See what happens when pro photographers and community members get behind a project that allows young people to explore the art and science of photography‚
Parkrose High School freshman Elena Curtin shows us one of the photos she created, while taking the extracurricular, after-school course.
Story and photos by David F. Ashton
It started as project to involve students and community members in nontraditional learning process last fall.
But, the after-school photography class produced a full-fledged photo-art show this spring at Parkrose High School (PHS). Then, many of the prints went “on tour”, showcasing the students’ works around outer East Portland.
Neighborhood grant seeds program
“The Parkrose SUN School coordinator and a professional photographer met with me last fall,” explained Parkrose High program coordinator, Joanne Oleksiak, with Community Connections, OSSC/AmeriCorps.
“We worked to develop an idea that Trevor Todd, the Parkrose SUN School coordinator, and I had‚ namely, to offer an opportunity for PHS students to have a hands-on experience of learning the history, science, profession and art of photography,” Oleksiak elaborated.
Together with a professional photographer, Patrick F. Smith‚ a PHS parent and volunteer‚ the trio utilized an East Portland Neighborhood Office grant of $650 as seed money. “We leveraged those funds with generous in-kind and volunteer contributions,” added Oleksiak.
Smith, a City of Maywood Park based commercial photographer specializing in still-life images, provided a detailed course syllabus and handouts.
“Perhaps more important than showing the students the cameras I use and explaining technical information, was my emphasis on pre-visualizing images,” Smith told us. “To make a great photograph, the photographer must first ‘see’ the image in their mind.”
Smith said he was surprised at the young students’ ability to quickly learn how to develop good photographic visualization. “Many students demonstrated a very keen visual perspective. It was eye-opening!”
Students gain practical experience
Oleksiak told us the five-week course provided a rich learning experience for 16 budding shutterbugs. In addition to interactive classes, the students also met and saw slide presentations by two photojournalists, went on a downtown Portland photo expedition, and visited field trip to Newspace Center for Photography.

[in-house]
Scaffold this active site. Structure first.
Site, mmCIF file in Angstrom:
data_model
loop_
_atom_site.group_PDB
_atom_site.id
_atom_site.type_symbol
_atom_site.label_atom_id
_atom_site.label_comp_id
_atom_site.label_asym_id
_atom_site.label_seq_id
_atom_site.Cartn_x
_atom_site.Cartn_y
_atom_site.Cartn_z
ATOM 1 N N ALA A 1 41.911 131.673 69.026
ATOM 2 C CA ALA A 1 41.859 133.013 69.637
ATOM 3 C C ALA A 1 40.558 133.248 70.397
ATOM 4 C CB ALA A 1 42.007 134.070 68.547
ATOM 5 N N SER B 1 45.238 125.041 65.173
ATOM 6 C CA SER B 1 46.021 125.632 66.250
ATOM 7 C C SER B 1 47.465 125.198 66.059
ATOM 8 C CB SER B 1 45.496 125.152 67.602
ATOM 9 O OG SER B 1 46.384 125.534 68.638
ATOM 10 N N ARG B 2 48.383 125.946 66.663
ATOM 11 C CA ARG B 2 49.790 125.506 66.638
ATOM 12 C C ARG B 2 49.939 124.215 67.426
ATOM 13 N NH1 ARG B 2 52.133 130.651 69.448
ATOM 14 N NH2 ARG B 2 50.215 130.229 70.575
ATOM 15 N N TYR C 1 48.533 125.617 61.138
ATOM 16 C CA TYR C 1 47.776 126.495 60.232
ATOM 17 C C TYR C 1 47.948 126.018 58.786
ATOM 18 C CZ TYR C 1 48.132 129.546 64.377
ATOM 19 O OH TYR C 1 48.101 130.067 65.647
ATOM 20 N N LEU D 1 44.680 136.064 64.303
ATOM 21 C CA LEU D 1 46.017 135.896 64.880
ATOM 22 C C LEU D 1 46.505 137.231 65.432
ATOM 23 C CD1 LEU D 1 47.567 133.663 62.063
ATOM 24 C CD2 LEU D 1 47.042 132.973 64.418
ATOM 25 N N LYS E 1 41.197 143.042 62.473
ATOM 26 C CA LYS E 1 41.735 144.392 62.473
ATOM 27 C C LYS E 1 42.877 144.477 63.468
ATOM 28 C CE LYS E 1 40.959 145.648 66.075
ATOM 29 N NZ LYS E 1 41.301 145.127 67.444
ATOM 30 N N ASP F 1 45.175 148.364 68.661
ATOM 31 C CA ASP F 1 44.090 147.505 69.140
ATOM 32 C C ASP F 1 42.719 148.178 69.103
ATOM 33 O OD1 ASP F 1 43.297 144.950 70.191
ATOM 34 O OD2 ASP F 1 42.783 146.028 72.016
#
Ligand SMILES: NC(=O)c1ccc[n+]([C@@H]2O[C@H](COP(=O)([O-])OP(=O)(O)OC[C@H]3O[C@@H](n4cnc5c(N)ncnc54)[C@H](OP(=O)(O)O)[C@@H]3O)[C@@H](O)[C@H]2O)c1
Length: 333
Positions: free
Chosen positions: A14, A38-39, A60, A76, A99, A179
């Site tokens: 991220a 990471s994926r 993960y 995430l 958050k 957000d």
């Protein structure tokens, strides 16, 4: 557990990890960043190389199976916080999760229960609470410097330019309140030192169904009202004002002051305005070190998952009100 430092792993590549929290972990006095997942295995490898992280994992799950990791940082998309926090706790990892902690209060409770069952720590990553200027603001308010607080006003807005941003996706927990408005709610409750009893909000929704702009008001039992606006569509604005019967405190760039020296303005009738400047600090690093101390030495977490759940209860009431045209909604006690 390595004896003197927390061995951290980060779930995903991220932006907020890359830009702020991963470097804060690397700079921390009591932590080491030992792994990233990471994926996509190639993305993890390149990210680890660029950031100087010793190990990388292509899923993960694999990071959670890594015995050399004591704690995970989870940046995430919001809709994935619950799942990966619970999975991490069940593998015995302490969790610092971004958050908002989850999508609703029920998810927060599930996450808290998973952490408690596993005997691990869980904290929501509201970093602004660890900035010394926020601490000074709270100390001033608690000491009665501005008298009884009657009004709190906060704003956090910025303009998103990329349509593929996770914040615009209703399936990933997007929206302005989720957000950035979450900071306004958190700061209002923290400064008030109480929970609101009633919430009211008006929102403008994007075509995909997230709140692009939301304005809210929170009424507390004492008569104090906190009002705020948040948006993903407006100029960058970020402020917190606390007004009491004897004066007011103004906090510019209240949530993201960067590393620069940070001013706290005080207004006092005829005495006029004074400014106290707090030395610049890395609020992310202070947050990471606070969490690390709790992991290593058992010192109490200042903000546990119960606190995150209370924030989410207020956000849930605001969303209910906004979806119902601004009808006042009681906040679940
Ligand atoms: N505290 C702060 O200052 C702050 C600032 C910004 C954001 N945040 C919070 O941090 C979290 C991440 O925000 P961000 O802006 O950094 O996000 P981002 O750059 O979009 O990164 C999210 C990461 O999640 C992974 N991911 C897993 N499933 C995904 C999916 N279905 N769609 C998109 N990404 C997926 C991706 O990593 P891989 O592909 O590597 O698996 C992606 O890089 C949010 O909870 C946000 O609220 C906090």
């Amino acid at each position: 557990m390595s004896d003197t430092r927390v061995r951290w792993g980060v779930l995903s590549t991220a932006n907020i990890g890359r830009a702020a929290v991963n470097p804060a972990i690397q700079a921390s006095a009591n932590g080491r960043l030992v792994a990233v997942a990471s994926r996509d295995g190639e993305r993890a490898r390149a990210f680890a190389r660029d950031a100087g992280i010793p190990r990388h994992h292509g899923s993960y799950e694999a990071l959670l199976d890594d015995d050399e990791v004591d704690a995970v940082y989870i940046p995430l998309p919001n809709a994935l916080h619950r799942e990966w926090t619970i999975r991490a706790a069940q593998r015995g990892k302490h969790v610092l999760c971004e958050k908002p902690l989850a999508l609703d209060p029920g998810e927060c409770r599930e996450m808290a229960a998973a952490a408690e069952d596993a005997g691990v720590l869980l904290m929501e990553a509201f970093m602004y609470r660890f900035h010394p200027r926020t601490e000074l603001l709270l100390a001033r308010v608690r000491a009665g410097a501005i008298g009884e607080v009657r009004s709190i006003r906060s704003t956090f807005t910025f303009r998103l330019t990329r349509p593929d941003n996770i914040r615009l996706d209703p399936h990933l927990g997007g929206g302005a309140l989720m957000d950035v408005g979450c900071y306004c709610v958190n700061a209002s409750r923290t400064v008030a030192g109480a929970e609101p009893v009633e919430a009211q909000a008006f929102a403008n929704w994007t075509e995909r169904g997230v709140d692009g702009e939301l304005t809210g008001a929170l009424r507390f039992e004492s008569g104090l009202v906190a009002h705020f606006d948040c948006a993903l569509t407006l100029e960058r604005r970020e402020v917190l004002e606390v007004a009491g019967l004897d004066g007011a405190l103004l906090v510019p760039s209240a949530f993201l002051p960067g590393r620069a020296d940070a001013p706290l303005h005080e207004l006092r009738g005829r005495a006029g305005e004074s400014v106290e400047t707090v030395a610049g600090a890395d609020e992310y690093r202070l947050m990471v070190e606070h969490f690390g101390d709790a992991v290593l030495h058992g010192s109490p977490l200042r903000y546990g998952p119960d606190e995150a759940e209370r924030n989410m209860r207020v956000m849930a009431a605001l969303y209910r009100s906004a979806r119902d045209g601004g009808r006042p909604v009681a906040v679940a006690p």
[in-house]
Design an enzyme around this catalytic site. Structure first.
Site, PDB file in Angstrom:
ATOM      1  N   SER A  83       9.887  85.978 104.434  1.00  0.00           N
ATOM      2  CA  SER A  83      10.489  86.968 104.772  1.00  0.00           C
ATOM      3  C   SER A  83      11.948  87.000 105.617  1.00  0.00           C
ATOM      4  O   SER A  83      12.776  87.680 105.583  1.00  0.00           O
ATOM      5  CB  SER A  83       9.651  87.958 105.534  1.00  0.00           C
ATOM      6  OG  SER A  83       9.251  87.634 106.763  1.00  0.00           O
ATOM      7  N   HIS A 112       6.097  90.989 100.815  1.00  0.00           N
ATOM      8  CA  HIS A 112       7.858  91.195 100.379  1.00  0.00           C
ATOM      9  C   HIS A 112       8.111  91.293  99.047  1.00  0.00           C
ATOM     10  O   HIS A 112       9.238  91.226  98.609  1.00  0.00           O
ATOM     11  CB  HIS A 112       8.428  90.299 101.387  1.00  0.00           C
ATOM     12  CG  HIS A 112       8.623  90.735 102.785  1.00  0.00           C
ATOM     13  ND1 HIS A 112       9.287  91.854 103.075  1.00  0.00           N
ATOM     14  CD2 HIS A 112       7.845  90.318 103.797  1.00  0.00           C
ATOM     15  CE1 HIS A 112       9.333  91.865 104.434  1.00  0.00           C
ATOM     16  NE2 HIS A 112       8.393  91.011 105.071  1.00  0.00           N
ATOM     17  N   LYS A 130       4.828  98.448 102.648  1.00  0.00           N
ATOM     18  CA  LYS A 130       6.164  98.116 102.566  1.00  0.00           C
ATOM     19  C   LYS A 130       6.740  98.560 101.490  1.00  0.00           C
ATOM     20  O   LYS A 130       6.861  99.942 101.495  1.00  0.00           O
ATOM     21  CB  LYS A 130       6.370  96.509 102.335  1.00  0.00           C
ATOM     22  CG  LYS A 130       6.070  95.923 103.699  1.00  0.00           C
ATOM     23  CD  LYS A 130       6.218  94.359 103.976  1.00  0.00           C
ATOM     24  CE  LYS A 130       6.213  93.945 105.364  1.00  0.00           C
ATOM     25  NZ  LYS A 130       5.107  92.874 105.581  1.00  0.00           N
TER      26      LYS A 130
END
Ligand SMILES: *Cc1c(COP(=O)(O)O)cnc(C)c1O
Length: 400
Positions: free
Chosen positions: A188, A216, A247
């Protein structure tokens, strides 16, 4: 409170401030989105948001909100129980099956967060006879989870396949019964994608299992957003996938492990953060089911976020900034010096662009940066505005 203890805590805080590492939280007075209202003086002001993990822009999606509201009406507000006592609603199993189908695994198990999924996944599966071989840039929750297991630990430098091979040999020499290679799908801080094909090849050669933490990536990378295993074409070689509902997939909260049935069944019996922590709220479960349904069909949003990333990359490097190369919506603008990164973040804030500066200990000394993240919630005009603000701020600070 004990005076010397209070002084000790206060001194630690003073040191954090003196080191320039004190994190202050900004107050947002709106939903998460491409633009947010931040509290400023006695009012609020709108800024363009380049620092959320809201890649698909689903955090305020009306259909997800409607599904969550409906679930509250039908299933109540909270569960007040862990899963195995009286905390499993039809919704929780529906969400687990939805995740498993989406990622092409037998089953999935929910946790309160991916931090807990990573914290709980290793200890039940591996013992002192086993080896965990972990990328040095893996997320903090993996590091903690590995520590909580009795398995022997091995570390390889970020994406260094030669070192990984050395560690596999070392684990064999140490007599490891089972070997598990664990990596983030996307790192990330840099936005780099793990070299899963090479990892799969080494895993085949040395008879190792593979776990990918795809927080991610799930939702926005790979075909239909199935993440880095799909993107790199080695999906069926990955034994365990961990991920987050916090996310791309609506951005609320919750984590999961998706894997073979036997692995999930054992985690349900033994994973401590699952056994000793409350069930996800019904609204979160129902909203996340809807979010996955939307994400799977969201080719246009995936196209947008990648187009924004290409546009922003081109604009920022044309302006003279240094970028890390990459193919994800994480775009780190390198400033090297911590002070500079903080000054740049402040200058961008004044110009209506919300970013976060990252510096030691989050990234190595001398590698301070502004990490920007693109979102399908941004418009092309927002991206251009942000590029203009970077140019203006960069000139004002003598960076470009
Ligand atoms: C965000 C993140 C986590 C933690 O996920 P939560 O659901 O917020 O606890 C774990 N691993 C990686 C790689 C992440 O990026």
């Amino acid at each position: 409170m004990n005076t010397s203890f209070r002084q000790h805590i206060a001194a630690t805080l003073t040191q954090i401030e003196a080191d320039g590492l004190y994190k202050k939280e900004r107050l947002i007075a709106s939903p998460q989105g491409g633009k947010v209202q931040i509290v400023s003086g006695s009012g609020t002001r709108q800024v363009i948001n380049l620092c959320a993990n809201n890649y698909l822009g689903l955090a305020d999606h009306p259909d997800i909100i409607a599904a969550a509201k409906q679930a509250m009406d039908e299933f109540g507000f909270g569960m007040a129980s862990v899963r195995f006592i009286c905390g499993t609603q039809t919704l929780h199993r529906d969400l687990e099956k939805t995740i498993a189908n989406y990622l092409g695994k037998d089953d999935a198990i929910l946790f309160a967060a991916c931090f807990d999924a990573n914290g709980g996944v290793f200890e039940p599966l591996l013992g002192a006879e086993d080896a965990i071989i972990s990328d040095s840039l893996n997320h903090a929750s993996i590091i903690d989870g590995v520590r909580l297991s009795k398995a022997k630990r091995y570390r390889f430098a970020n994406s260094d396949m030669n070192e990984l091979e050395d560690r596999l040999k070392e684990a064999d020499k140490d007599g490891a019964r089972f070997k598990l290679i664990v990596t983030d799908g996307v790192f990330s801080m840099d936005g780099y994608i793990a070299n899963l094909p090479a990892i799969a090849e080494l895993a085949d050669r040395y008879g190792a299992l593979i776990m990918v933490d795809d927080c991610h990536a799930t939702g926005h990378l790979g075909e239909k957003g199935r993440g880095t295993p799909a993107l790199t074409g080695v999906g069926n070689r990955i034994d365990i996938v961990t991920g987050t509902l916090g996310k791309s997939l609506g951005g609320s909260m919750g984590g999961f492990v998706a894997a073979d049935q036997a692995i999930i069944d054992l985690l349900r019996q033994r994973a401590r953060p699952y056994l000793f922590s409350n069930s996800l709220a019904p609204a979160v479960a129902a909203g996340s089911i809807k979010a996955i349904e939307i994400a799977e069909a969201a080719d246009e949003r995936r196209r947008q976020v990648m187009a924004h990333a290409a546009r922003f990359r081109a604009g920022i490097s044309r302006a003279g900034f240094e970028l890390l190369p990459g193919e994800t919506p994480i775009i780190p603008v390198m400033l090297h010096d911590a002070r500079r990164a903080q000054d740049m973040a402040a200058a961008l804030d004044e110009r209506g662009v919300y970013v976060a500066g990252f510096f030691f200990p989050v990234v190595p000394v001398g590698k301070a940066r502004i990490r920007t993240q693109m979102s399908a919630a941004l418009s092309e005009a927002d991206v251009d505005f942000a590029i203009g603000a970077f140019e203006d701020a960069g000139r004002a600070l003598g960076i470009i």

“Our series of classes was also supported by Jeffrey Simon, another PHS parent and skilled photographer,” Oleksiak added.
Parkrose through young eyes
The course leaders didn’t give specific assignments, but instead, told the kids to illustrate “their” Parkrose, letting others see their community through their eyes.
The resulting photos showed that this group of students placed a high value on relationships with their families and friends, and even their faith.
PHS freshman, Elena Curtin, created some visually stunning images‚ including the photo used on their photo show’s promotional post card. “I love flowers and still-life photos,” she told us. “It’s a fun hobby.”
She told us her idea of a good image is one with contrasts and colors. “I’m into colors.”
Abria Mitchell shows off her work.
“I like different scenes,” said freshman Abria Mitchell. “I like to capture movement in a scene. I like taking pictures. It makes me happy.”
A good photograph, to Mitchell, she said, has different things going on in the foreground and background. Holding up one of her images, she commented, “I just looked at the sky and thought this would be a good picture. Some say it is a good painting, but it is a photograph.”
Standing by her series of photos is Shante Livingston.
Shante Livingston, a sophomore, said she was pleased the community came by to admire her photographs. “I’ve just started in photography. I like taking pictures; I especially like to photograph flowers. I like their color and the texture.”
Argay neighbors Valerie Curry and Calla Marshall take in the photo art show. “I’m really impressed with the photos. I’m seeing some real talent here.”
PHS Principal Roy Reynolds moved slowly from exhibit to exhibit. “The photos are marvelous,” he commented. “This is pretty incredible.”
Reynolds said this class is a good example of how the school and community can work together successfully. “We’re working to create many events‚ of all sizes‚ that help involve students in the school and our community.”
And, Smith is already looking forward to the next school year. “I hope we can work it out so we can expose more young people to classes like this in the future.”
¬© 2007 David F. Ashton ~ East Portland News Service